Scroll to Continue

Investing in a weekly staff survey is another critical trend to help ensure that employers can monitor morale and react early to address any issues.


Adding Team Dynamics to the Equation

If we want to build stronger teams, we also need to consider how effectively we communicate and broader team dynamics.

Creativity is the heartbeat of many knowledge-based businesses, and so much of that has to do with face-to-face chemistry and serendipitous interactions in the office.

Isolation is a reality for many remote workers, and the feelings of loneliness that go along with it rarely breed creativity and innovation.

We should all collectively make a concerted effort to replicate the level of open exchanges happening in an office and integrate meaningful conversation into everything we do.

This could simply take the form of a company assigning projects that individuals might have previously undertaken across teams to spark new ideas and greater connectivity.

These new hybrid forms of work should also promote renewed social interactions. A few ways to achieve this include:

  • Redesigning the office and bringing in hotel-like and food-related services
  • Utilizing free-flowing spaces instead of cubicles
  • Acquiring platforms for organizing and managing workplace culture services

Many companies have reduced their real estate but will still need to host occasional real-life seminars, training or events. New services are emerging to connect local professionals with owners willing to turn their property into workspaces or offer a hybrid events model.


Context-Rich Communication Tools

One obvious challenge stemming from hybrid work environments is the ability to work together. Relying solely on videoconferencing is not enough and is why we are now seeing the emergence of so-called “context-rich” asynchronous communication tools.

Trends like “metaverse-like” virtual offices and natively hybrid B2B events are here to stay; they spark different forms of creative inspiration.

Employers should think about the retooling of employee engagement, not only for managers to have control over their team(s), but also to provide adequate informal mentoring from colleagues.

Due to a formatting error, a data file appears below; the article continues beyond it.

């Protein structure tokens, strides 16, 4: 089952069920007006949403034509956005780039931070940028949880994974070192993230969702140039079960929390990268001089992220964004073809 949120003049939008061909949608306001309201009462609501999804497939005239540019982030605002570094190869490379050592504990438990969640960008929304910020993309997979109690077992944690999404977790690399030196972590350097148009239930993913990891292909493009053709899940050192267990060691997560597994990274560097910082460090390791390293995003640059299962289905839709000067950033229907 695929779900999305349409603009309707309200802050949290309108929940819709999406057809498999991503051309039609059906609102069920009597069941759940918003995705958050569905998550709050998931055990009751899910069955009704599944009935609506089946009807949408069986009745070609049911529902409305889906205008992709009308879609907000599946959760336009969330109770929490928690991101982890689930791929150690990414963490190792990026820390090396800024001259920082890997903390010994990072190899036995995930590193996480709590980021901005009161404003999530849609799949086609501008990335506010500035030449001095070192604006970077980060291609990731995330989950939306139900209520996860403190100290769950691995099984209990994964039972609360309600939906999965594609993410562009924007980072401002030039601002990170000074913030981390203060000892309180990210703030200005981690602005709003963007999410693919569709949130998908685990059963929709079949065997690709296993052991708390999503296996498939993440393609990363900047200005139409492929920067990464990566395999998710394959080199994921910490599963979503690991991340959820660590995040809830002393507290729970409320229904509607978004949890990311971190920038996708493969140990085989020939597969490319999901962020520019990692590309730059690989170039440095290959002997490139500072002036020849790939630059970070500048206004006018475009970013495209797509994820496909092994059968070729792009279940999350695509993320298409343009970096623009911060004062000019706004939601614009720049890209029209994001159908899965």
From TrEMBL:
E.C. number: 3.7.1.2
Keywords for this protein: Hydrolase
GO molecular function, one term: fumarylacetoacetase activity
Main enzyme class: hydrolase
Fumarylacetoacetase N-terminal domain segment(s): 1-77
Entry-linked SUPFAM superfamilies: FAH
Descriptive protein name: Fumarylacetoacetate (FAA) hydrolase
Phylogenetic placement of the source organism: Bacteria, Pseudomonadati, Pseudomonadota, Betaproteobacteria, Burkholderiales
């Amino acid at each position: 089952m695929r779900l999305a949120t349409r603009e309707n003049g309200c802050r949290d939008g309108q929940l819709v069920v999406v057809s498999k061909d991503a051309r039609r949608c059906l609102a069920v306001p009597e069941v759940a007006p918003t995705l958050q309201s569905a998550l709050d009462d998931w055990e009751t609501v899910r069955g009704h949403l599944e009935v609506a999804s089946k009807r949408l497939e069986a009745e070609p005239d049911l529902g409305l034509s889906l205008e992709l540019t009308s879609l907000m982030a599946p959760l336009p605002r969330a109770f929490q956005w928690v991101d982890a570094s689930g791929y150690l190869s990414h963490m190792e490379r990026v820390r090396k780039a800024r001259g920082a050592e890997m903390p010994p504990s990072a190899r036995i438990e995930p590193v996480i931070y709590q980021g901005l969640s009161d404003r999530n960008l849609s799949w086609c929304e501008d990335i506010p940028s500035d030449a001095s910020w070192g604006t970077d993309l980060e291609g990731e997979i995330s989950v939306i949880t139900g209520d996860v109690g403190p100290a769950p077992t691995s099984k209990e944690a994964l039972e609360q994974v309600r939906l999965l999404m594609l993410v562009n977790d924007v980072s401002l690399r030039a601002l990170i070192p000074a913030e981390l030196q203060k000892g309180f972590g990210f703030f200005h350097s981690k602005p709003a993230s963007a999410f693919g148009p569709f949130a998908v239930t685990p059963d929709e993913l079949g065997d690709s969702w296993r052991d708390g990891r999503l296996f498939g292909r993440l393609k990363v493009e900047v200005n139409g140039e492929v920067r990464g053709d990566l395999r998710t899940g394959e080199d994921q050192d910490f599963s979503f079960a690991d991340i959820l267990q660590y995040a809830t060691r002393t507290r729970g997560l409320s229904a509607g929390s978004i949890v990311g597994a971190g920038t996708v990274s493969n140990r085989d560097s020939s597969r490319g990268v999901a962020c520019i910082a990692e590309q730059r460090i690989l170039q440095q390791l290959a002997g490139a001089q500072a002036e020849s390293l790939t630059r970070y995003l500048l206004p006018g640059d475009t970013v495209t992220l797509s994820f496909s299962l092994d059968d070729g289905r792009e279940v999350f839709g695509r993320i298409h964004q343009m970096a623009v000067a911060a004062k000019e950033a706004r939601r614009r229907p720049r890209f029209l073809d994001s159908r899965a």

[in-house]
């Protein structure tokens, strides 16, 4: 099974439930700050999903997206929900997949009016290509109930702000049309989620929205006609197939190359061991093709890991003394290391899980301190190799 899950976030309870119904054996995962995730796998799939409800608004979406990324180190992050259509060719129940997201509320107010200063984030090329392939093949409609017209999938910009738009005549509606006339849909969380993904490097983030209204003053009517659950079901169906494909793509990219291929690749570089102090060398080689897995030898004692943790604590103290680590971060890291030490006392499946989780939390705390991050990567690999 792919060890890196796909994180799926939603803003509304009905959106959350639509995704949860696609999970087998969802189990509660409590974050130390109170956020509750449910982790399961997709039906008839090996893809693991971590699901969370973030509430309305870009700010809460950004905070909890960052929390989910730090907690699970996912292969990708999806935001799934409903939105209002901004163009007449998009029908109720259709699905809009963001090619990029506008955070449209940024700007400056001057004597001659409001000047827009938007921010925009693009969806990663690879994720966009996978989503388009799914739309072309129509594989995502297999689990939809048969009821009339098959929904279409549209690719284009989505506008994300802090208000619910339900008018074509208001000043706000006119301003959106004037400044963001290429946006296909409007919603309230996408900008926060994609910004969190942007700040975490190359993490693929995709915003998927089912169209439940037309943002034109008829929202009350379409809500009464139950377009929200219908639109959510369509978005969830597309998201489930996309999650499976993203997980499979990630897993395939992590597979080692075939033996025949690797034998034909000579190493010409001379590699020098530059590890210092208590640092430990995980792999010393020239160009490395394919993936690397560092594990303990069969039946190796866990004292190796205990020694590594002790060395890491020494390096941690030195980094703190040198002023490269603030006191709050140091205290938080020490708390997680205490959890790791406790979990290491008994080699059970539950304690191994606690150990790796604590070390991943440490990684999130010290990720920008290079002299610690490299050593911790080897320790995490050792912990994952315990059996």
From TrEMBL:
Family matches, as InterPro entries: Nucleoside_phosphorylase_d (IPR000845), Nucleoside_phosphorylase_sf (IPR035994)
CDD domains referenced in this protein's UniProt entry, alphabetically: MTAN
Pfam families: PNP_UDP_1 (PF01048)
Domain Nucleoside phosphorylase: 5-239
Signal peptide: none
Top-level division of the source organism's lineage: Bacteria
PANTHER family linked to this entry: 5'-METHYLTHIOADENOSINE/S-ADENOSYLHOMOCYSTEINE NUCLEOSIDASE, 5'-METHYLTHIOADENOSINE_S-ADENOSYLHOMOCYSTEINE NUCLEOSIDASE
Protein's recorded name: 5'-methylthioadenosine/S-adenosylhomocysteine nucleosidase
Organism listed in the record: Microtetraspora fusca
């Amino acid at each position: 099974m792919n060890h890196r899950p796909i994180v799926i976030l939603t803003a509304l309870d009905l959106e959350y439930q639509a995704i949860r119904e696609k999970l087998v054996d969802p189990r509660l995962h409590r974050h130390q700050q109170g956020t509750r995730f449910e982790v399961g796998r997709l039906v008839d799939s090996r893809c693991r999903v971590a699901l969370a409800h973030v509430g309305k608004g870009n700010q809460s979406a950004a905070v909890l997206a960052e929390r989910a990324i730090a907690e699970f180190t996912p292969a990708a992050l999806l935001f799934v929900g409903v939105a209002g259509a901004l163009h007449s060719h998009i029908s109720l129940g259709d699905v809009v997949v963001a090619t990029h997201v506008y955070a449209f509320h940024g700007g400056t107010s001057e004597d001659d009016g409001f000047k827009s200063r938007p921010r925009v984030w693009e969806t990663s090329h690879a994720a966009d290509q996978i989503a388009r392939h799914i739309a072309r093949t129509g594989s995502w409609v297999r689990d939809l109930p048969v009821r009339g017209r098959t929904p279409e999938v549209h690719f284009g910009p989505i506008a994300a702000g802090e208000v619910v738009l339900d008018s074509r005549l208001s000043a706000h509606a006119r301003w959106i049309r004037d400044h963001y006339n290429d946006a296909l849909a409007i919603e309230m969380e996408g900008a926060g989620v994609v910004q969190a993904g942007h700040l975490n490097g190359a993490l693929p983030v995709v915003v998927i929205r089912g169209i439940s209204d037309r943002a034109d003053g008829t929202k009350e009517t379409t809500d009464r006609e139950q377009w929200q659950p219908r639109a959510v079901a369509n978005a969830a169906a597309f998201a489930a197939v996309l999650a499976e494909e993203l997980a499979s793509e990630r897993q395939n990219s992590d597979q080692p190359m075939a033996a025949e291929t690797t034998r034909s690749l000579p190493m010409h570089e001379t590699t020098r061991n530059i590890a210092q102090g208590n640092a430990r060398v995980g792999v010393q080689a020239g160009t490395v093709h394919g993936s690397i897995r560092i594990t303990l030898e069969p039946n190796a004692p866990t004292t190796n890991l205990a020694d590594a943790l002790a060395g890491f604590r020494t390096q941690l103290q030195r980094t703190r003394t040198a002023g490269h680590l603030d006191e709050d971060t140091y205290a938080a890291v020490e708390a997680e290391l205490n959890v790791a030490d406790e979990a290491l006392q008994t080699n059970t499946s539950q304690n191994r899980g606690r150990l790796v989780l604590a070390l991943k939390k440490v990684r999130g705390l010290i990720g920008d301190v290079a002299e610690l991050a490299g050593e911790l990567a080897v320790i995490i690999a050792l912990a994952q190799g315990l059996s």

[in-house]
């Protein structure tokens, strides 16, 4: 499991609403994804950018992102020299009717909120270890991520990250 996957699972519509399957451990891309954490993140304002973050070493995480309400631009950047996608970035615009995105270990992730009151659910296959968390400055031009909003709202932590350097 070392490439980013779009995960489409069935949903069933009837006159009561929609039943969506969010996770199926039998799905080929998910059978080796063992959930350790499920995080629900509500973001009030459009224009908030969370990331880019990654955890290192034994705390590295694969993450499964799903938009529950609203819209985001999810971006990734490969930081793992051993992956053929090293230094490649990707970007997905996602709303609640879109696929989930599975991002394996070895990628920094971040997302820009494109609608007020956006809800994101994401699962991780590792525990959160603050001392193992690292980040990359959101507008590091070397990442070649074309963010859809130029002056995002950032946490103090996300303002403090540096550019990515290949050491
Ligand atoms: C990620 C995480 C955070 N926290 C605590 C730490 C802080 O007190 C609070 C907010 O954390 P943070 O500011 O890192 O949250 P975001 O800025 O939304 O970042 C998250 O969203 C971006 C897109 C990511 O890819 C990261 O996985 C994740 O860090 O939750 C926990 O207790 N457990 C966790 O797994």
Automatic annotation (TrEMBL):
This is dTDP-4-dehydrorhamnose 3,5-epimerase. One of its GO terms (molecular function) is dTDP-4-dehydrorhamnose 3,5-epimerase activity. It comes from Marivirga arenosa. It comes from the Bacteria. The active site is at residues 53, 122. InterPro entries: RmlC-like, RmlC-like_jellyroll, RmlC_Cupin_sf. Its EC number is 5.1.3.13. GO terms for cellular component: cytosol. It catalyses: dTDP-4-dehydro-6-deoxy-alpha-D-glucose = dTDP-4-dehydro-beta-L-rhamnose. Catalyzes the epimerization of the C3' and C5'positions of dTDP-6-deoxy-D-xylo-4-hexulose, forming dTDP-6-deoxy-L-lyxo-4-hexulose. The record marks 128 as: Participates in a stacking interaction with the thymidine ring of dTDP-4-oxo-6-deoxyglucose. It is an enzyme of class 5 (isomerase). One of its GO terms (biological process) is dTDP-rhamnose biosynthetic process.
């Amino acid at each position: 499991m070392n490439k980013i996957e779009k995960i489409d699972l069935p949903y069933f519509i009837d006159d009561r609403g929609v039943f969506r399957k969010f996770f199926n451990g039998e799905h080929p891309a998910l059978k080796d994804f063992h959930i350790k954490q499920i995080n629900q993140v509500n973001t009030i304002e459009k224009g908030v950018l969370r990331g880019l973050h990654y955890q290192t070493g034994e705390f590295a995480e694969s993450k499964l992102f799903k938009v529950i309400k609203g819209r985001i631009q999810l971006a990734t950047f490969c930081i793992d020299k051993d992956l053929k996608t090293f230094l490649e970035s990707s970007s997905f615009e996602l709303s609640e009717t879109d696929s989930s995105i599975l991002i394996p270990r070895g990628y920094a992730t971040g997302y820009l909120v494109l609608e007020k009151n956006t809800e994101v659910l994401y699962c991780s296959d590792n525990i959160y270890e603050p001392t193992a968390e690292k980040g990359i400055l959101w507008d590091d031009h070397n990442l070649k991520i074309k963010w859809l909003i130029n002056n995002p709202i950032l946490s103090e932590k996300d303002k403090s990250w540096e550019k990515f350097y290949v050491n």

We will see the emergence of more and more tools enabling data-driven analytics to measure and improve team member engagement, as well as solutions providing digital coaching to a broader audience, not just C-level employees.

Refining how we communicate as a team also effectively tackles the universally felt emotional challenges and negative emotions brought up by the shift to remote work in a world in transition.

Mental health support platforms and services are no longer an option for employers; they are necessary for everyone. Surveys suggest half of employees feel burned out due to working remotely, and 60% of Gen Zers declare mental health resources essential when selecting an employer.

Many B2B solutions allow companies to provide both digital therapies and access to therapists to their employees. Solutions offering preventive self-coaching and meditation go a long way toward caring for your workforce.

The new realities of hybrid working require a shift to considering total experience — a business strategy that better integrates employee experience to serve remote team members’ needs.


This content reflects the personal opinions of the author. It is accurate and true to the best of the author’s knowledge and should not be substituted for impartial fact or advice in legal, political, or personal matters.

© 2022 Camille Bienvenu

Related Articles